Fast-casual dining seems to be today’s trend in restaurant concepts. In a typical scenario, fast-casual spots present a variety of ingredients that customers combine as they choose. Think places like Chipotle Mexican Grill, Uncle Maddio’s Pizza Joint and Moe’s Southwest Grill.
Here’s the million-meal question: Can restaurants successfully create a hybrid concept? Say, a buffet at a bistro or fast-casual choose-you-own-ingredients in a fine dining setting?
There’s a new restaurant in Johns Creek attempting just that. At Meat and Potato Kitchen and Bar, guests design their own entrees from a list of meat, sauce and potato options. Restaurateurs Khalid Raji and Jamal Sahri created this model based on a popular selling dish at one of their Washington, D.C., restaurants: short ribs with the choice of sauce and potato gratin.
Though sporting a fast-casual concept with a hotel-esque dining room, the restaurant is one of few upscale dining options in John’s Creek. The bar, a hot spot for locals, features pianists playing tunes, occasionally with jazzed-up backup tracks and vocals.
“Moon River” will float along in the background as you peruse the wine list with many familiar names but little information (no vintages or other details). If you talk wine with your friendly waiter, he’ll be quick to point out the Duckhorn Merlot ($107), the most expensive option on the menu. “It goes with everything,” he says. And it probably would pair well with beef and potatoes. I didn’t find out.
The restaurant serves Braveheart beef from the Performance Food Group’s DNA-tracing Black Angus product line. The program was designed to allow traceability for verification of brand and quality claims. Meat and Potato orders 21-day, wet-aged steaks and dry-ages them in-house for another 14 days.
The New York strip ($26), though slightly past the medium-rare I ordered, was a nice specimen, juicy and well-seasoned. For my sauce, I initially waffled between the garlic-shallot and red wine sauce. In the end, I settled on a well-balanced shiitake cream whiskey sauce with a sweetness akin to sherried she-crab soup. Yet, after a bite or two, I pushed it aside. A good steak needs no sauce, at least not a sauce-boat full.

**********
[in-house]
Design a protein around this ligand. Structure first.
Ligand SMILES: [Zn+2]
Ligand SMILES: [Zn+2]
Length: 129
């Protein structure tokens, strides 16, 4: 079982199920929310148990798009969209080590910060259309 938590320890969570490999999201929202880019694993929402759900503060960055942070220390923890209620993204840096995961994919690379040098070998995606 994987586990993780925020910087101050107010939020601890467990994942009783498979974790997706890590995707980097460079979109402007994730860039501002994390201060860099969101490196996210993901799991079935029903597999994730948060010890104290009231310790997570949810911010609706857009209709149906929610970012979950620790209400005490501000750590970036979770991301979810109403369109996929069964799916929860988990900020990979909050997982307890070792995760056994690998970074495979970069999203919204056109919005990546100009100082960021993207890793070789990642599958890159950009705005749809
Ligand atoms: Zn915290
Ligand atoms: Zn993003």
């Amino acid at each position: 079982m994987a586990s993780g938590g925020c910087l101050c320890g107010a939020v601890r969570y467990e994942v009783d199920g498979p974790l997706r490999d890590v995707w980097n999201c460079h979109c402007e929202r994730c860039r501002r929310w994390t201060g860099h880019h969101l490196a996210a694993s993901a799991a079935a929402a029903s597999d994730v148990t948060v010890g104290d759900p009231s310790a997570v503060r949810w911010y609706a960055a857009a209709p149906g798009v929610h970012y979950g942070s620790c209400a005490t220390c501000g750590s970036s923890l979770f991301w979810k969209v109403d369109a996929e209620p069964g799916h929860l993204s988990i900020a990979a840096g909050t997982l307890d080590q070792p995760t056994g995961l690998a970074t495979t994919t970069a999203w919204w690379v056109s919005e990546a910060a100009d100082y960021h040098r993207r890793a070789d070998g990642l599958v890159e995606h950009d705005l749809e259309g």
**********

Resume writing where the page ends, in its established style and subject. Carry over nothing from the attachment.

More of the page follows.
The hanger steak ($21) takes an overnight dip in a sherry vinegar, garlic and herb mixture. The resulting beef sports a sickly grey pallor and a smacks of a sweet and tangy marinade. (Where’s the beef?) The chimichurri sauce I selected provided no aid, a silver vessel flooded with two-thirds oil, one-third herb mixture minus the garlic sharpness I craved.
The seasoned rack of lamb ($29) earns “best dish,” cooked to temperature with its juices creating a natural sauce, a better pairing than the dried-cherry gastrique recommended by our server. The gastrique, much like one of those syrupy pancake sauces they serve at breakfast dives, worked better as a topping for the sweet potato brulee I chose as my potato. The baby-food smooth sweet potatoes with a sugar crust morphed into a Thanksgiving casserole with the gastrique.
The sweet potato brulee scores points for creativity. Other potato options include a potato puree (devoid of texture and in desperate need of salt), a traditional potato gratin and house-cooked crispy herbed and salted fries.
In keeping with the theme, the coconut curry mussels ($18) come with fries. They spill from a silver cup, nestled deep in the matching silver bowl of mussels in a spicy Thai coconut-curry sauce. The fries arrive with a dipping dish of aioli, but I prefer to run them through the silky sauce of ginger, lemongrass, coconut, Kaffir lime, red curry paste and fresh shellfish stock.
Pescetarians can also participate in the restaurant’s build-your-own-dish gimmick with salmon ($21), monkfish ($22) and shrimp skewers ($20). Or there are options including the hamachi ceviche ($10), a molded round mound of firm-textured chopped fish bound with a citrusy yuzu juice and studded with cilantro. A corn nut topping adds crunch and novelty.
End your meal on a sweet note with treats like ice cream from High Road Craft or the oversized square of tart and not-too-sweet key lime pie ($8) with fresh lime zest and coconut-flavored whipped cream.
Meat and Potato Kitchen and Bar, which opened in June, has a few kinks to conquer. Namely, reconciling the mix-and-match concept with a fine dining setting. Perhaps it would be wise to leave the pairings to the kitchen.MEAT AND POTATO KITCHEN AND BAR
Food: A twist on a steakhouse with combinations of meat and potato dishes.
Service: Friendly and very chatty
Best dishes: Rack of lamb, coconut curry mussels and fries
Vegetarian selections: Few options: salads and penne pasta.
Price range: $$-$$$
Credit cards: All major credit cards
Hours: 11:30 a.m.-3 p.m. and 5-10:30 p.m. Mondays-Thursdays, 11:30 a.m.-3 p.m. and 5-11:30 p.m. Fridays-Saturdays, 10 a.m.-3 p.m. and 5-10:30 p.m. Sundays.
Children: Better not
Wheelchair access: Yes
Noise level: Low